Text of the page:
Of the post-Enzo era Ferraris, this 1996 550 Maranello is arguably the most interesting, courtesy of its first custodian – one Michael Schumacher. However, it also played an important role in announcing the 550 to the world – it’s one of ten cars supplied to the Ferrari Racing Days held at the Nürburgring between June 19 and 21, 1996 (you can see a video here). On those days it was driven by Massimiliano Papis, F1 driver turned Ferrari test driver. In 2003, the car was sold to Japan (with a note from Michael Schumacher wishing the new owner well), where it was acquired by the current keeper several years later. It’s estimated at between €250k and €450k, and is offered at no reserve.

Other post-Enzo era Ferrari highlights include a 2003 360 Challenge Stradale (est: €180k-€240k), a 2014 458 Speciale Aperta (est: €700k-€800k) and a 2010 599 GTO (est: €800k-€1m). If you’ve a fondness for F1 memorabilia, there’s also a Schuberth Michael Schumacher replica helmet from 2004 (est: €2k-€3k), a 2002 Sabelt belt signed by Michael Schumacher (est €1k-€2k), a signed 2002 Rubens Barrichello racing suit from the Belgian Grand Prix (est: €2k-€3k) and a ex-Barrichello helmet used for testing in 2003 (est: €5k-€8k).

This 1965 Alfa Romeo Giulia TZ was first delivered to France, and it would sped the first 15 years in Corsica. Chassis 750100 would then move to the US in 1987, before joining the respective collections of Richard Crump and then Tom Mittler. Mittler set about a full-sale restoration, before selling the car in 2004. In 2007 it returned to Europe via Switzerland, eventually being bought by its current French owner. It’s been used in the Tour de France Auto, and starred in a French-edition Classic & Sports Car issue in a piece written by racing driver Jose Rosinski. It’s estimated at between €700k and €1m.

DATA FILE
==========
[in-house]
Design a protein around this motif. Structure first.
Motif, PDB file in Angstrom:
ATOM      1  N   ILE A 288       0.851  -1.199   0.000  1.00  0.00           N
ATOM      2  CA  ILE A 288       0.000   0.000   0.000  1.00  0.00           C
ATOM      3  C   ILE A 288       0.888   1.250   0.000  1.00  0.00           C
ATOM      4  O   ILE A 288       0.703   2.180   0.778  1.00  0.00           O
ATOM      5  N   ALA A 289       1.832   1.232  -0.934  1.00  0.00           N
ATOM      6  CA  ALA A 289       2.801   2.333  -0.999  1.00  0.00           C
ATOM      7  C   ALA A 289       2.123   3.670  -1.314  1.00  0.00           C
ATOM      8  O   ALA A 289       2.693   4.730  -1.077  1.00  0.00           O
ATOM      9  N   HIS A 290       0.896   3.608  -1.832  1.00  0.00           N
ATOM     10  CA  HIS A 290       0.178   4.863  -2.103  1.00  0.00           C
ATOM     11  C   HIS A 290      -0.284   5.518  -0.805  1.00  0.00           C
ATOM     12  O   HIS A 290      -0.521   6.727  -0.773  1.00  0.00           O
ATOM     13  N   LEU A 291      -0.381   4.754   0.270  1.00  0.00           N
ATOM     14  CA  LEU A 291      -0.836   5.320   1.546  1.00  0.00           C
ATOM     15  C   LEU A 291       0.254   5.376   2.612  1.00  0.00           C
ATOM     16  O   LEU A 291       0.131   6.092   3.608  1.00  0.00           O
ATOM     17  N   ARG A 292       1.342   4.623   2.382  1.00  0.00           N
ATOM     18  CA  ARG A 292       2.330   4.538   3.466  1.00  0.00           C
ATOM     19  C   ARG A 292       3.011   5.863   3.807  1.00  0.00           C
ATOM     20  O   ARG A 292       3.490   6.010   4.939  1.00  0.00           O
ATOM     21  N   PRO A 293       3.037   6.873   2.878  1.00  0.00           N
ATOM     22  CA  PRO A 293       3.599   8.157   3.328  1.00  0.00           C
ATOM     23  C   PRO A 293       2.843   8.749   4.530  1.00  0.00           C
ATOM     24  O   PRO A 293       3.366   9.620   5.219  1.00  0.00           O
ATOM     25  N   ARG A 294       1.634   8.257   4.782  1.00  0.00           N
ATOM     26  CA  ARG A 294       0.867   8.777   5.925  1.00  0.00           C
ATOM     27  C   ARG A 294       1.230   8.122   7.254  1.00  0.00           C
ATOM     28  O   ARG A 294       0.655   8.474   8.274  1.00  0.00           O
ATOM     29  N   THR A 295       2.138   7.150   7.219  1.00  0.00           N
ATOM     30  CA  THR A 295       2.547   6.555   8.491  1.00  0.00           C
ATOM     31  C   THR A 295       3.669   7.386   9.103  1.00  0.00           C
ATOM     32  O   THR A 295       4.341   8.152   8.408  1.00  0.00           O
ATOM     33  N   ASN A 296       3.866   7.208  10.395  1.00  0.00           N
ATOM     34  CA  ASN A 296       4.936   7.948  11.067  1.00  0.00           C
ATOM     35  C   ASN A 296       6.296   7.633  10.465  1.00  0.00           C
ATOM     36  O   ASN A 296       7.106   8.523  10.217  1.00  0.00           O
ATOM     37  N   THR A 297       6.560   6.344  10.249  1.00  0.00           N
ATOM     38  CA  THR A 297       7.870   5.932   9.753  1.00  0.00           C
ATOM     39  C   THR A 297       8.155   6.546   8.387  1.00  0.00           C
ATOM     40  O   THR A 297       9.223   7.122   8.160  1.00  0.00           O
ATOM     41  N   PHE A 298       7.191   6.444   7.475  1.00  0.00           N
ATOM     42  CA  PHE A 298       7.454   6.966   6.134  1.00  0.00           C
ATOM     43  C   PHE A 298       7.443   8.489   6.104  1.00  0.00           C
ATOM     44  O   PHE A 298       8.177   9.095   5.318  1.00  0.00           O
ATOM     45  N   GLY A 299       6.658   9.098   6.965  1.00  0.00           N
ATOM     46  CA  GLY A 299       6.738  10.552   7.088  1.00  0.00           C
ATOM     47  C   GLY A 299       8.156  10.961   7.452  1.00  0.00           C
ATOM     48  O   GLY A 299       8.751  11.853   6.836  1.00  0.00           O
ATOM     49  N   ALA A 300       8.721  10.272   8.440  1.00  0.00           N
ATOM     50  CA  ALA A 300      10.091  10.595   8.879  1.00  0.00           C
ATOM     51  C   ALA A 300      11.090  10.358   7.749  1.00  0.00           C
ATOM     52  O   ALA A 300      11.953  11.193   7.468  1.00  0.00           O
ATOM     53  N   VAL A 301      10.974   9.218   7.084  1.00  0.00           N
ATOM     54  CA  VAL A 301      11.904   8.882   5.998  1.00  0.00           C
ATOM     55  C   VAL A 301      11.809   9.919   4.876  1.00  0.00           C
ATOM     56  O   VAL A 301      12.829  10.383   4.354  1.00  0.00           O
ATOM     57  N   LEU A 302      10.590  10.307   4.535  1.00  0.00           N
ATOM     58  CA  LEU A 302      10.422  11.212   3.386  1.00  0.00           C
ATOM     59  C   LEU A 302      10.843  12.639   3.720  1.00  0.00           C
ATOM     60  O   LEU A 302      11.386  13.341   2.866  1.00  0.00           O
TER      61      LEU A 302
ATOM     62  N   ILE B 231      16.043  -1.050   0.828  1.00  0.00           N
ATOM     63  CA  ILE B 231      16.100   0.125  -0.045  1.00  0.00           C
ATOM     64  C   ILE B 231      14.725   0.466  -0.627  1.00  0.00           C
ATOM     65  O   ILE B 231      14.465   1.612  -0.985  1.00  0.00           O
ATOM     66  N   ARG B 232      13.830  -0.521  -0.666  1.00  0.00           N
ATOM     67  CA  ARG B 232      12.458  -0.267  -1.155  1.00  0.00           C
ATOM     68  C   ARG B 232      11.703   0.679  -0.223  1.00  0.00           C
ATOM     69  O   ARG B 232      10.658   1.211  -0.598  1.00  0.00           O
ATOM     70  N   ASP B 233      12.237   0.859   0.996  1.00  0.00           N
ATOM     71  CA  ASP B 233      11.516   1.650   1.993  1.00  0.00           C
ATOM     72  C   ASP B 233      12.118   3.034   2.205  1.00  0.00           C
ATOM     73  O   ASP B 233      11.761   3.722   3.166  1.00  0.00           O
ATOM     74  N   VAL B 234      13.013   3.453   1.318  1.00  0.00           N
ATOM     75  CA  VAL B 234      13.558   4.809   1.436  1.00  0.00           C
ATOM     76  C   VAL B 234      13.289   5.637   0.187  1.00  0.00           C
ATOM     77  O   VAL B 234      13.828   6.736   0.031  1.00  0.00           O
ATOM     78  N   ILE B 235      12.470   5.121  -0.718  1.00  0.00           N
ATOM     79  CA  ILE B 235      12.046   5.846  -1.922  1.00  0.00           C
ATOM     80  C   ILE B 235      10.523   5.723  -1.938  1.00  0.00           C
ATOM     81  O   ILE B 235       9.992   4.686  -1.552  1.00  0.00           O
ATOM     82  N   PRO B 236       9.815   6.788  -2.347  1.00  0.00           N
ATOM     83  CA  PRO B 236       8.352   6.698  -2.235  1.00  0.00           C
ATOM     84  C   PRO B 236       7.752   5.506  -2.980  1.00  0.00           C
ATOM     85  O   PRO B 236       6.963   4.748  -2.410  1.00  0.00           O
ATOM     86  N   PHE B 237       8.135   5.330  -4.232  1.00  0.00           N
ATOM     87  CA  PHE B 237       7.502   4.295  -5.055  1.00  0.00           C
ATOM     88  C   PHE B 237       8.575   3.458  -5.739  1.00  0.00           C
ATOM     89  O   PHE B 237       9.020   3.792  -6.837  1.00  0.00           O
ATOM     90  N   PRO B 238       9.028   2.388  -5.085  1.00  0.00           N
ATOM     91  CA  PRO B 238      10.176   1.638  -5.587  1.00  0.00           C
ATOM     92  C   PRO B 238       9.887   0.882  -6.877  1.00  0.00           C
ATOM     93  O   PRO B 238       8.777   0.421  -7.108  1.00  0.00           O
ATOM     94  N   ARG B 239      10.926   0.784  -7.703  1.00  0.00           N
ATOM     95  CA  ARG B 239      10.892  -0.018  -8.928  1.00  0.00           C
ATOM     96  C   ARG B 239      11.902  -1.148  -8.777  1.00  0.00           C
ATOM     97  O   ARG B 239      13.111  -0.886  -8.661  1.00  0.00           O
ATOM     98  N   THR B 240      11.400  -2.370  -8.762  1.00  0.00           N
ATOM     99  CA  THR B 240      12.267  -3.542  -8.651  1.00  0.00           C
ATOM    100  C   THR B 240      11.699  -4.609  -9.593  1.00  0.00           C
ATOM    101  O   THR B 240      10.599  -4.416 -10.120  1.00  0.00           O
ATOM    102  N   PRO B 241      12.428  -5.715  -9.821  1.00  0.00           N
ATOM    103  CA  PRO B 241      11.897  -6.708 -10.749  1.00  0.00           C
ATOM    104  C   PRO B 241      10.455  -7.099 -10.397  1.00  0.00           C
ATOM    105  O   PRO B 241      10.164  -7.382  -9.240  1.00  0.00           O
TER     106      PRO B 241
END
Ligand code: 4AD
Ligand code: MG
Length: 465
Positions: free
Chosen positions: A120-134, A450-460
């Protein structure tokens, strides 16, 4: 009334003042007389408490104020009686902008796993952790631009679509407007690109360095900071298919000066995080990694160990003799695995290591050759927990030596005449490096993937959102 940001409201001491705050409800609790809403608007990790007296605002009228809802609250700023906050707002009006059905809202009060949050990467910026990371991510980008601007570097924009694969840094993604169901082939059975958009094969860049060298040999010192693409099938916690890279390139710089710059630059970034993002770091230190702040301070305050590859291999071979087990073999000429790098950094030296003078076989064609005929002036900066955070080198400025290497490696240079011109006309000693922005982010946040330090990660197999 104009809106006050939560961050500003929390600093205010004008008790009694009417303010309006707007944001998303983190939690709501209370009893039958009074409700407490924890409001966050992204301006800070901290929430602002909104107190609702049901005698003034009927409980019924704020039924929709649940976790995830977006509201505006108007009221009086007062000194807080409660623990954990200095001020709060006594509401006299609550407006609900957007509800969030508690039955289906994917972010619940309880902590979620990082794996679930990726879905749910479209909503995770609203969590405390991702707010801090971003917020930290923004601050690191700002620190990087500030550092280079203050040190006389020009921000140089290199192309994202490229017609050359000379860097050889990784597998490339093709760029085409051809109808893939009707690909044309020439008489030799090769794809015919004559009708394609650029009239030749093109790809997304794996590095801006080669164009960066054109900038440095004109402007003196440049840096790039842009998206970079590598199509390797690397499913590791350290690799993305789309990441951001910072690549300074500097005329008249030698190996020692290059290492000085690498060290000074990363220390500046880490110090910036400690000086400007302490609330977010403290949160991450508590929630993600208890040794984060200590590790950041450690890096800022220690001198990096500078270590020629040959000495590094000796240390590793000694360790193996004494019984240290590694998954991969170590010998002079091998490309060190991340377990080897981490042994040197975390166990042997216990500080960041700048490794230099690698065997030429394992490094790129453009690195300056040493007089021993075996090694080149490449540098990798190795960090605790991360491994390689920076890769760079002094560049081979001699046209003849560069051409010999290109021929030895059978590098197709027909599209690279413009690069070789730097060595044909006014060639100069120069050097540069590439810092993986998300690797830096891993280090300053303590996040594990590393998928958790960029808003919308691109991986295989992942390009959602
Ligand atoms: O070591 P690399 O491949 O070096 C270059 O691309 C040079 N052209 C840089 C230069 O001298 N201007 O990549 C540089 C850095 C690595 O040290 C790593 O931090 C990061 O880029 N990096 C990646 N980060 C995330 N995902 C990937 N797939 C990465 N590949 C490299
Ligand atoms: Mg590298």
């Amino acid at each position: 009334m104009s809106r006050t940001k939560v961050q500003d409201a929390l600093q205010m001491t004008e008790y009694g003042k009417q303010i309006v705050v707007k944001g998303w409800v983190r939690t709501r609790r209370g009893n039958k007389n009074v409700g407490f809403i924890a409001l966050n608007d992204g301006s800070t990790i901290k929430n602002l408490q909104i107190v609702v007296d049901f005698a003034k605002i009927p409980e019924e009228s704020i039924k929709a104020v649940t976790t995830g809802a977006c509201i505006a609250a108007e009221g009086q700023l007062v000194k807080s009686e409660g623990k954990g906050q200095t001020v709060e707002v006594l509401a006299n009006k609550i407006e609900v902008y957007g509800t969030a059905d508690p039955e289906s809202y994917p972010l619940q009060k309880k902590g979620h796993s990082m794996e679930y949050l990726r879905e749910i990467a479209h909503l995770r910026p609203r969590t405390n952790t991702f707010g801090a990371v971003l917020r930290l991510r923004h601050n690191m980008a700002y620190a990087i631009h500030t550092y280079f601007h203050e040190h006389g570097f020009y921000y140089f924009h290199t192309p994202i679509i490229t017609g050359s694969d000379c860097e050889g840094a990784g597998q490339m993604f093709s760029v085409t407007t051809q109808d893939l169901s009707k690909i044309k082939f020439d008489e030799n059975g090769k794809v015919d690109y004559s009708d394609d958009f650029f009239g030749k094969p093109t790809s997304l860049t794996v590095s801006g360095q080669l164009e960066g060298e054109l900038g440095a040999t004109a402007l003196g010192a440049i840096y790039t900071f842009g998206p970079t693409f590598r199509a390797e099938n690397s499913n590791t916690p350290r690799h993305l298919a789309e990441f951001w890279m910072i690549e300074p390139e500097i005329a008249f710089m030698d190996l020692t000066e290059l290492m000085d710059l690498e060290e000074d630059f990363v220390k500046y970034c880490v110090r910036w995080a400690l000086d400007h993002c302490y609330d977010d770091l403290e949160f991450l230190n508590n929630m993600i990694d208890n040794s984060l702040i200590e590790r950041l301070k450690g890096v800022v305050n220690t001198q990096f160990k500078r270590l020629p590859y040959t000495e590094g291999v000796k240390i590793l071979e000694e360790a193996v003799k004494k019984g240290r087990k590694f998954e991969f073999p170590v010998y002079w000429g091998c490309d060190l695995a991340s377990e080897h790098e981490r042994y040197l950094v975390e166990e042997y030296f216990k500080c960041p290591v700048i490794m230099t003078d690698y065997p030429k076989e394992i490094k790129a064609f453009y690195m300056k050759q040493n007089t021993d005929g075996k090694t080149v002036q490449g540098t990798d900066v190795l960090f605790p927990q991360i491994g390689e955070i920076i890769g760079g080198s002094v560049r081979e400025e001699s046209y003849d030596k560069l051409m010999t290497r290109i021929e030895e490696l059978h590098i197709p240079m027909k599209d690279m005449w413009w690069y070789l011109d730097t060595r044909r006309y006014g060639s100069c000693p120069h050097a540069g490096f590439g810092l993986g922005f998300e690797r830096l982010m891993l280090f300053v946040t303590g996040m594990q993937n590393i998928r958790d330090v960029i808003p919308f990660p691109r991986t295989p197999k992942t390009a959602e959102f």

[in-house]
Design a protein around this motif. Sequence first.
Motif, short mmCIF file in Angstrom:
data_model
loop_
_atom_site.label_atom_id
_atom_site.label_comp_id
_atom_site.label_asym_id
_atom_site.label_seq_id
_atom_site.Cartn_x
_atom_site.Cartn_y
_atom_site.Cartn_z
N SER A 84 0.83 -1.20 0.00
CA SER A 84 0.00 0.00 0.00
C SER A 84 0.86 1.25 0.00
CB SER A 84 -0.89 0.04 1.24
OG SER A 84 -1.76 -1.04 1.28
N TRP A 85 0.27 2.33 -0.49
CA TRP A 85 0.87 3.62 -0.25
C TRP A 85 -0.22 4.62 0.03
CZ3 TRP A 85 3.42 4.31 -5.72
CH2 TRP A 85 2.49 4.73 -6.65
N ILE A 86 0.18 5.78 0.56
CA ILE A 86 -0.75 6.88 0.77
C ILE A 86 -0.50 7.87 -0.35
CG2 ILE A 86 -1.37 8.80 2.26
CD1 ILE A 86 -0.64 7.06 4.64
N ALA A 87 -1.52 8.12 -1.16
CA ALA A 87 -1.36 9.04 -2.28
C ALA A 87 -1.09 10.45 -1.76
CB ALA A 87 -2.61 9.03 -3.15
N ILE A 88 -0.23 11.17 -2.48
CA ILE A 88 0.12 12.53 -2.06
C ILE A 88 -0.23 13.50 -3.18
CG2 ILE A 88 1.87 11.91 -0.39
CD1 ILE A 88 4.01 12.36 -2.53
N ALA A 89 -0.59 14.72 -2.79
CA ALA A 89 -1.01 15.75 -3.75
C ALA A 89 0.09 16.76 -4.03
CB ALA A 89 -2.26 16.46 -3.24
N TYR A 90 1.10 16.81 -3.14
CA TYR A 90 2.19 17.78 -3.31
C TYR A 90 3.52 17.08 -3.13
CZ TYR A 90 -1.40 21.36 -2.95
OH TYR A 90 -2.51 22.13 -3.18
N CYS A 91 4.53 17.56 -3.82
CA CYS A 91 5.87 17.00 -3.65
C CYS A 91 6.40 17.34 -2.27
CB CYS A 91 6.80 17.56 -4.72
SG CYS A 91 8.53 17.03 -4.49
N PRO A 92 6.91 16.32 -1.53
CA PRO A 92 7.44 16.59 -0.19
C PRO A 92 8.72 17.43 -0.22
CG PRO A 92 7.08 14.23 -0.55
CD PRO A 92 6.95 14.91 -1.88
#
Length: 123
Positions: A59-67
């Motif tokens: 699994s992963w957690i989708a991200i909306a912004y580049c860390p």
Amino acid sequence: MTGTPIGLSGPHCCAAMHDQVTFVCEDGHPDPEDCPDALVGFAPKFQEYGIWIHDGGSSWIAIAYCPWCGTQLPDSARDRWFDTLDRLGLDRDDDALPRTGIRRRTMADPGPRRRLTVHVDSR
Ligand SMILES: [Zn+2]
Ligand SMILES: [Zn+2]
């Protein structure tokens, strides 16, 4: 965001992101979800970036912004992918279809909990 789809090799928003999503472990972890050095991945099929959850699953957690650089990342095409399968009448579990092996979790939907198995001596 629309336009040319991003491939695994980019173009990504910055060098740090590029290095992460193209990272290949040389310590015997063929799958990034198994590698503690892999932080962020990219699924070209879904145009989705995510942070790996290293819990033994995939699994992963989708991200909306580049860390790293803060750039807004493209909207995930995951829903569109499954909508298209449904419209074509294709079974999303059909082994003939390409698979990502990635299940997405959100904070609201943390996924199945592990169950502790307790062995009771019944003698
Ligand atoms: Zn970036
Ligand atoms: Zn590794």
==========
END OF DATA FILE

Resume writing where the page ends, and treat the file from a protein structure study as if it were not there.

Other arresting Alfa Romeos include a 2008 8C Competizione (€160k-€220k), a 2012 8C Spider (€180k-€240k), a 2022 Giulia GTAm (€180k-€240k) and a 1961 Giulietta Spider (€50k-€70k).

This 1982 Lancia 037 Stradale comes from 23-year ownership, having covered less than 16,000km. It was sourced from a specialist in Italy’s Cuneo region, and the current owner has a collection of Group B machines; this car, chassis ZLA151AR000000061, had its engine rebuilt in 2023. It’s estimated at between €500k and €600k.